Not sure if this helps anyone, or if this is just 'duh.' The css3 transitions being involved i have not read out in the wild, so i thought i'd toss that idea out.
I know this isn't the same issue just a whole bunch of annoying things about chrome
For example, it allows one to see CPU & Mem usage per tab. It also has the ability to kill problematic tabs, extensions and background processes with ease.
Chrome's Task Manager can be found under Menu Icon -> (More) Tools.
In fact, this feature was being used often enough, that I ended up assigning it a shortcut. (for me: command-shift-1)
You can kill groups of tabs that are part of the same process. BUT that does not mean that you can kill individual tabs via the Task Manager and the main source of my complaint.
I don't care if I don't have flash (actually I care to NOT have flash). So what reason would there be to not simply run Chromium? Or am I forgetting something useful that I'm likely using?
They’re using DASH with small .mp4 snippets. It’s also the reason why videos don’t load completely anymore and why audio and video sometimes go out of sync. Also the reason why nothing works as expected.
In theory, this is what memory paging is for. In practice, this is higher level and seems to work much better.
Anyone else seen or worked-around this? (It's been a while since it's noticeably recurred, so maybe it's been fixed.)
Don't do that.
No seriously, don't do that.
These kinds of apps do nothing but prey upon the gullible. They're worse than useless; they actually decrease the performance of your system.
The OS is actually remarkably good at managing memory. Like, staggeringly good. Especially in Yosemite. Beyond that, the OS actually wants to keep as little RAM "free" as possible. "Free" RAM is wasted RAM. It uses that RAM to store memory that might be used again in the future. That's what "Inactive" is; it's memory that is not currently being used, but contains stuff that may be used again, and if it's not, that stuff can be thrown out in order to provide the memory to another application.
And yet, the application you linked says that its primary purpose is to "purge" this inactive memory. That's counterproductive. If another app needs it, the memory will be given to that app whether or not it's been "purged". The only thing that "purging" it does is remove the ability to reuse the original contents of the memory.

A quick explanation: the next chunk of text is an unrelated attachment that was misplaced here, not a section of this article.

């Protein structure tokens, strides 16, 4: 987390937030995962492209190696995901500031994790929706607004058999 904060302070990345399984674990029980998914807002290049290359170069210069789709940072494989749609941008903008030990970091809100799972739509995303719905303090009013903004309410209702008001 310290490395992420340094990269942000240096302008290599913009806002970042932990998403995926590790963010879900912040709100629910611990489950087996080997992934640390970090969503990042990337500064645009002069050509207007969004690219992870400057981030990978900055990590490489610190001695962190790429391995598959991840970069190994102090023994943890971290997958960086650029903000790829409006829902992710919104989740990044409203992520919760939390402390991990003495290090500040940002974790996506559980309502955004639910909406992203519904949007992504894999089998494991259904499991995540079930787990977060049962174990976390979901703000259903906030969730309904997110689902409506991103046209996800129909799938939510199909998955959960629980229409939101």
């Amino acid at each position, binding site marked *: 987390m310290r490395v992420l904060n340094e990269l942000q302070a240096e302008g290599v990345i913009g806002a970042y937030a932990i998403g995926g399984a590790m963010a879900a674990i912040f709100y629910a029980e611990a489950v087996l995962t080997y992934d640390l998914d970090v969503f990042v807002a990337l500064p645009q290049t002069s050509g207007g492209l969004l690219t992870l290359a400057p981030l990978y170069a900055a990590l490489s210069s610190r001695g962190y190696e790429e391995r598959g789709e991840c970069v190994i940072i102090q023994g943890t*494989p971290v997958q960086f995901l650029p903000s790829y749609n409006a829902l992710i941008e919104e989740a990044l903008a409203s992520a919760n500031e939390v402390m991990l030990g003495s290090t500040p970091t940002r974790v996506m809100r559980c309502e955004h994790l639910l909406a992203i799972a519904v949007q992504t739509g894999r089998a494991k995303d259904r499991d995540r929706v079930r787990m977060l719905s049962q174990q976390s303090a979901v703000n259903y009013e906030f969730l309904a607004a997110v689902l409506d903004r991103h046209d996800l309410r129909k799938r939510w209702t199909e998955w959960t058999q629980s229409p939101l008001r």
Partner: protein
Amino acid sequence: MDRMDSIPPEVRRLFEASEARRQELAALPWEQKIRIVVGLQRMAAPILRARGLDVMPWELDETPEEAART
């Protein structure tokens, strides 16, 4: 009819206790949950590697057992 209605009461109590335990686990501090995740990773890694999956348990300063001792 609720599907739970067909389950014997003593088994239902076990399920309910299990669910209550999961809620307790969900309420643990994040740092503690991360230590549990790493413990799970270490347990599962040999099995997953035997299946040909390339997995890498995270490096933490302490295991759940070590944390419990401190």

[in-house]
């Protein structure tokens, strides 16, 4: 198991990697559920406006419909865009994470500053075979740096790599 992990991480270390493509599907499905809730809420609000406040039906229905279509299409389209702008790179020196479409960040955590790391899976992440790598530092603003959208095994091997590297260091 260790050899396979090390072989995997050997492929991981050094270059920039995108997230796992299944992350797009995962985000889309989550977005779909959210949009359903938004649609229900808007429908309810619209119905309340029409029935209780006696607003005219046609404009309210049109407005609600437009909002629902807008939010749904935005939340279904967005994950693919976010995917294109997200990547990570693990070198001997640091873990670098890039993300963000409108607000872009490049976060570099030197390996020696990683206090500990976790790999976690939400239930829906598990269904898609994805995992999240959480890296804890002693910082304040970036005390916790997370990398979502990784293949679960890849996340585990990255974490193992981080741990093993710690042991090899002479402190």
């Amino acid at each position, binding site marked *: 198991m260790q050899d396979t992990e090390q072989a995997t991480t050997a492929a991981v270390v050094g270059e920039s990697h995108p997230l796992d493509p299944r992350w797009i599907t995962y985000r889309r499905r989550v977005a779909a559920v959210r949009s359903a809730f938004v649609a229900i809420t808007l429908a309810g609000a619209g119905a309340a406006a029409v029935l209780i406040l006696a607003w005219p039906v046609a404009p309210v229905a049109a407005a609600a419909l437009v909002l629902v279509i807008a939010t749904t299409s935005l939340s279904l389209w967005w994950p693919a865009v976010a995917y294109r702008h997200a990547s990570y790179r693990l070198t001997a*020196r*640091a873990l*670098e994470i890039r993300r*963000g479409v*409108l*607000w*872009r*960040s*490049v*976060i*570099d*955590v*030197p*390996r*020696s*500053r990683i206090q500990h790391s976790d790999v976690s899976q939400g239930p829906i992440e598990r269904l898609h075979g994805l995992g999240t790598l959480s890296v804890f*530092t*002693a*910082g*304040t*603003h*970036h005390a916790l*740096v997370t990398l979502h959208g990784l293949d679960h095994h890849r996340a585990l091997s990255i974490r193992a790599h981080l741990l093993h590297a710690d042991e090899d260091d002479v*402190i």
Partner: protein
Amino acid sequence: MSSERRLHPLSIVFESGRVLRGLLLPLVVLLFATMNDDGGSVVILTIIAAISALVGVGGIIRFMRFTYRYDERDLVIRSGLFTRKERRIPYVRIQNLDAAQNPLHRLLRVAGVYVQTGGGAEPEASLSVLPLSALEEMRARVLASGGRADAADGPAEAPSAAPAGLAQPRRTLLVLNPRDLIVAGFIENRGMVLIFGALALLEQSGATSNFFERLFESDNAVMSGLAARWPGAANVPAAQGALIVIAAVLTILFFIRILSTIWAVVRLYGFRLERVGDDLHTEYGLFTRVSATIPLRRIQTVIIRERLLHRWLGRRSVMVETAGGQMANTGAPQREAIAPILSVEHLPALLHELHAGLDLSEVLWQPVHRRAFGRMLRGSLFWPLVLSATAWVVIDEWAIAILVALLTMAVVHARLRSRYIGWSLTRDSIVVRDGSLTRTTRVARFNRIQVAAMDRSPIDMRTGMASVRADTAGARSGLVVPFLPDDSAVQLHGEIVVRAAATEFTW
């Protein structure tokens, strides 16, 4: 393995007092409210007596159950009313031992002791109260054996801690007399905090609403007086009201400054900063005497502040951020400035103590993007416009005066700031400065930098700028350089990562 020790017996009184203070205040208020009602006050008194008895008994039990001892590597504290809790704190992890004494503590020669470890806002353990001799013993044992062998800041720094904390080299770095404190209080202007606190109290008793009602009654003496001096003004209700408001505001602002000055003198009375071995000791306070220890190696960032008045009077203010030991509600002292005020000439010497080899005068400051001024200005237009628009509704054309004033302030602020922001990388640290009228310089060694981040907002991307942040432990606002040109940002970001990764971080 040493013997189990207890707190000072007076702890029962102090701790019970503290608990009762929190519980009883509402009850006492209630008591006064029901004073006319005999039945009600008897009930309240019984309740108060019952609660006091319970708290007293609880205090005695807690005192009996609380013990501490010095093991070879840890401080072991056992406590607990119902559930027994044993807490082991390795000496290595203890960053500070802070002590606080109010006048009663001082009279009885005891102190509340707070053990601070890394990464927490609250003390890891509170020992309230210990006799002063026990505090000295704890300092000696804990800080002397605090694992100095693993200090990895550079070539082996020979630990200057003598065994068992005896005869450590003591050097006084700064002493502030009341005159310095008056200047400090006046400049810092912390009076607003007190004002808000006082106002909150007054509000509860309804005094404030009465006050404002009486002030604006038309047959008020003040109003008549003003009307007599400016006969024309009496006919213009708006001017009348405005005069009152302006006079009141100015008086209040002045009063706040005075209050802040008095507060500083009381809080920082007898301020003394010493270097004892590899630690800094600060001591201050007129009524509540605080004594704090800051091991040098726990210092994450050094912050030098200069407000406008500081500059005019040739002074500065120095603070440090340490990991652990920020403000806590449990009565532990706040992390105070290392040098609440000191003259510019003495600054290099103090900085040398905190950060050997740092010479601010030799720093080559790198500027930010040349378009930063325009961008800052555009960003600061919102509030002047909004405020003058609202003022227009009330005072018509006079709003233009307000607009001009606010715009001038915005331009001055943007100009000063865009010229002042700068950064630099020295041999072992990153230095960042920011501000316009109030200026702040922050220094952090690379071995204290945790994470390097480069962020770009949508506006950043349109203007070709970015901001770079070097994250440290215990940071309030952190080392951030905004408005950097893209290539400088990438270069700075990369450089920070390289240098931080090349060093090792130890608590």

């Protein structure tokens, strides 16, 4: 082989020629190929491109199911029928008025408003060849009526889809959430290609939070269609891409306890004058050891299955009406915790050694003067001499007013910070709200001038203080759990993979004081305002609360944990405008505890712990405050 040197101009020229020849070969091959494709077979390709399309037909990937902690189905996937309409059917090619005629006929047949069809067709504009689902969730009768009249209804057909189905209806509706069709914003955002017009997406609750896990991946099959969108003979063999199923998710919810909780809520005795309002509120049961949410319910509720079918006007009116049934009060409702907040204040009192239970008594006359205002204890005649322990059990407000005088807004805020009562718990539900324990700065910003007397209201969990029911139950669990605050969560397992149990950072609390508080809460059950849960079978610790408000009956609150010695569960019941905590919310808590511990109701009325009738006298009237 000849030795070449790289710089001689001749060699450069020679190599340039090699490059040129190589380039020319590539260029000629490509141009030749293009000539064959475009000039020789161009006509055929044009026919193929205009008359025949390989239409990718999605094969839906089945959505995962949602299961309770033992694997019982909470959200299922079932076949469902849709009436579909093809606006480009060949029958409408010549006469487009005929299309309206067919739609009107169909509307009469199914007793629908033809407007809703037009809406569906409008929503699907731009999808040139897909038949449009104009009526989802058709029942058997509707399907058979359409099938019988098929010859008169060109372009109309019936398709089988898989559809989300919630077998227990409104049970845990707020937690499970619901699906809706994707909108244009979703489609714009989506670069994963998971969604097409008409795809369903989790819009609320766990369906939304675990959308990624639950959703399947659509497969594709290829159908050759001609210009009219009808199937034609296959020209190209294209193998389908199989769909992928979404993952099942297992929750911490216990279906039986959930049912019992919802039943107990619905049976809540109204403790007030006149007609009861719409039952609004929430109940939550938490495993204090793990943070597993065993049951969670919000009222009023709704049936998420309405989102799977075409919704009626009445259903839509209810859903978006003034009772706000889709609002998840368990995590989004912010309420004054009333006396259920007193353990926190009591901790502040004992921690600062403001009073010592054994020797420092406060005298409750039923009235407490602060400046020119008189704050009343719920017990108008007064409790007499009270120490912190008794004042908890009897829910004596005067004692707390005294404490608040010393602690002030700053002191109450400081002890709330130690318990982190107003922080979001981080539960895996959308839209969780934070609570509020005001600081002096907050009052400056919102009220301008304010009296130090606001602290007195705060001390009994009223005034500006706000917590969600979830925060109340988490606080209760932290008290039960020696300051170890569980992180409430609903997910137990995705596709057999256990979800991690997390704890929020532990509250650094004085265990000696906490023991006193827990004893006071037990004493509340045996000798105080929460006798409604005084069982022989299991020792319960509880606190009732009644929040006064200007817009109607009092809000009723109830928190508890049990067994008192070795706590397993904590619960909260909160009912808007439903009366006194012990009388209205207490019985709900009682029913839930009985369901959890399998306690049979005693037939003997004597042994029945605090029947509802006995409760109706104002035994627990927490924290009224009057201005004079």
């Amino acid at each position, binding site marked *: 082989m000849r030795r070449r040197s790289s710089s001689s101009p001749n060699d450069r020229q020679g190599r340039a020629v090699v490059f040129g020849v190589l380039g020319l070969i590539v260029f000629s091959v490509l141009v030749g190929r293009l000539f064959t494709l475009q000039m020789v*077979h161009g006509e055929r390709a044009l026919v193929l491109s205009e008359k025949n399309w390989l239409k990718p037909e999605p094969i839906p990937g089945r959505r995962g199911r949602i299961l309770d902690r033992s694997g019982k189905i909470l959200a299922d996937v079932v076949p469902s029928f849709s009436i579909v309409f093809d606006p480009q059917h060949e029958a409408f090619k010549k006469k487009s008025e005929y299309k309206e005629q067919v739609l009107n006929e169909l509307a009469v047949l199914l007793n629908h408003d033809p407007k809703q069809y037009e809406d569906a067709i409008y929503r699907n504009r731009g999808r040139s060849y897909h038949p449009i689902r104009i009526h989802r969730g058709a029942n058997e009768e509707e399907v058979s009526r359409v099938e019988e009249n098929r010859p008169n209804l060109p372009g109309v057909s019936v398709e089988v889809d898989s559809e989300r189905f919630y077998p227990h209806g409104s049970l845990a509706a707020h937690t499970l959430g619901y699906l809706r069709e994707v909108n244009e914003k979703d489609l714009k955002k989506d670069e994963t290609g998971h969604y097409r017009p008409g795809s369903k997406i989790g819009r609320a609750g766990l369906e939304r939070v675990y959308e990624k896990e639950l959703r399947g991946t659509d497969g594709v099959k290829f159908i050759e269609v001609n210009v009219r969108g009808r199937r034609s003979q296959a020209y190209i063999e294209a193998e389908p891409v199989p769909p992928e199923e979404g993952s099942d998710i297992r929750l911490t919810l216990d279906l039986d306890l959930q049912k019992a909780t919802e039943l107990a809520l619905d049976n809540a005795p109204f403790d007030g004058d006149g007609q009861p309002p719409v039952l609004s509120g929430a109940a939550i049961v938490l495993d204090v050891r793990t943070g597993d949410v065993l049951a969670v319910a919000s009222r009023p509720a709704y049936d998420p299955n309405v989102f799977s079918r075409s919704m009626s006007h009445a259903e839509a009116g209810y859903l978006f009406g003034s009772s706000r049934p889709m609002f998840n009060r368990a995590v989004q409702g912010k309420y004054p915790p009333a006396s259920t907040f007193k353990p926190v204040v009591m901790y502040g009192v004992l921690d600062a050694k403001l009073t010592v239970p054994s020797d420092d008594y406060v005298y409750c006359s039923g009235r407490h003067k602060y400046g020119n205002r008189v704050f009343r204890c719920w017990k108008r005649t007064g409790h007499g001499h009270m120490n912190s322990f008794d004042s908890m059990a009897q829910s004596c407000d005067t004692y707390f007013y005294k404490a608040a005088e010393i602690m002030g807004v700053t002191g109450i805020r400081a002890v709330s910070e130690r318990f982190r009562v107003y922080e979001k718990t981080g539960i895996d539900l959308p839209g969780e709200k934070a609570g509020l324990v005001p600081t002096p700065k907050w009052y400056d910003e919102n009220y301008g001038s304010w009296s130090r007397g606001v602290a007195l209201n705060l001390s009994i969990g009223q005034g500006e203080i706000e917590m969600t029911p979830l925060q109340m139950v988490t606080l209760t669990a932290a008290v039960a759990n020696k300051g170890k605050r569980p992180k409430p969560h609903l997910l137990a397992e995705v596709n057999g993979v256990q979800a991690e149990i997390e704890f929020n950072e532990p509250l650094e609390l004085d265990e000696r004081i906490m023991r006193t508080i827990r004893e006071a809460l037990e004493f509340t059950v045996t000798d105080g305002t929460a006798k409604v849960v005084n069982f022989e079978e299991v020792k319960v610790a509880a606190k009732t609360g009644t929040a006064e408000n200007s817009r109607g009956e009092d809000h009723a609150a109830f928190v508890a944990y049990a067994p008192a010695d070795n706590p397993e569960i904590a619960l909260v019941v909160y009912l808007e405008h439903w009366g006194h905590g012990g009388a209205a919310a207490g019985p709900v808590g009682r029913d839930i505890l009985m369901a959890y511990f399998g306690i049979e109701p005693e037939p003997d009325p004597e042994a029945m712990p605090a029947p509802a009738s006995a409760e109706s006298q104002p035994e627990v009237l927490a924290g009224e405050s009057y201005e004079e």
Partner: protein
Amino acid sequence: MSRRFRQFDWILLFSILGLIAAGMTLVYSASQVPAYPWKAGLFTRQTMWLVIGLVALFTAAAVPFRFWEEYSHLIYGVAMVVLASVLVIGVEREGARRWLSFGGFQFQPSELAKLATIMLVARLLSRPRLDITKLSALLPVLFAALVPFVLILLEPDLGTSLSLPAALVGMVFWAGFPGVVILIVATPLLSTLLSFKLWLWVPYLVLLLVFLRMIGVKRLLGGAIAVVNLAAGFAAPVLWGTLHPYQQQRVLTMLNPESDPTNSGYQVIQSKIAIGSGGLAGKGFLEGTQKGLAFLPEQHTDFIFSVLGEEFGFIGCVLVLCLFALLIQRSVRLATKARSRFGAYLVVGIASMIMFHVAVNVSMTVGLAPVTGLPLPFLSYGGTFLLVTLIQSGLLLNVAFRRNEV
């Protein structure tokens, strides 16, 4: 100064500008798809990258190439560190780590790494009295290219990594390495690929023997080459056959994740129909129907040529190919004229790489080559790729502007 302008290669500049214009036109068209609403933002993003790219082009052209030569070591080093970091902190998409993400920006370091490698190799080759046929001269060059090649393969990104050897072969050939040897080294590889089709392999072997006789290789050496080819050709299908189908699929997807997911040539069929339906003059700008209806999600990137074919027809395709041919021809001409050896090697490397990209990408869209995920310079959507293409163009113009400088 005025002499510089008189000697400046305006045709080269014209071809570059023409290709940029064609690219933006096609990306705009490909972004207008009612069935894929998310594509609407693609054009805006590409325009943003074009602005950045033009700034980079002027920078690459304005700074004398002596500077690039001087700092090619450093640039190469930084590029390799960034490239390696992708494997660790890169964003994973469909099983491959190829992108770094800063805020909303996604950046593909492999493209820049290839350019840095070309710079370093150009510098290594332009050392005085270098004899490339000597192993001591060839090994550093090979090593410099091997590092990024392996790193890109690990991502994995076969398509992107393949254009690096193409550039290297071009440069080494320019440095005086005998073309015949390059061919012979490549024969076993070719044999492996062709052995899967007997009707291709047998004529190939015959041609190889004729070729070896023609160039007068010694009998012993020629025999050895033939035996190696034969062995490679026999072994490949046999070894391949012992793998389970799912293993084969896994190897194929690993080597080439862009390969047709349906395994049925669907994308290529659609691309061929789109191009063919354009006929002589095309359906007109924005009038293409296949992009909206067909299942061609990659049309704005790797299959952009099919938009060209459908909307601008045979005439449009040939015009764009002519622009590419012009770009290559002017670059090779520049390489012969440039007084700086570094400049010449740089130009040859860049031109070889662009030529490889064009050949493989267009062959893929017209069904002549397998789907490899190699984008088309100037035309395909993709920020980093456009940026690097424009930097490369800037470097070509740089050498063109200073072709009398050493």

I'm guessing this is why Activity Monitor in Yosemite doesn't even list "Inactive" memory anymore (or "Free"). Instead it has "File Cache". On my iMac right now, with 20GB of RAM, the "File Cache" is "11.02GB". And that's fine. That's great. It means if any of the cached file data is needed, it's already in memory. That's vastly better than leaving it around as "free" memory.
Every modern OS behaves this way. It's deliberate, it's absolutely crucial for good behavior, and "memory clean" apps do nothing but hurt the performance of your system.
So don't use it.
I think this panic started with Windows Vista where there was no distinction between actually used memory and memory used for caches and buffers. Hence the complaints about how Vista was so inefficient, it didn't have enough memory even when freshly launched with no apps open.
Any anecdotal data on that?
Either way, the weird thing is that if you go to the Window menu and hit Task Manager... you can monitor extension CPU usage, etc.
I never had a problem until recently, and yet now I'm seeing red in the Activity Manager due to Chrome. It's bizarre.
I only use Chrome if I need to use a site with Flash and I use the "Open Page With" item in Safari's Develop menu to open the appropriate page. Then, I quit once I'm done with it.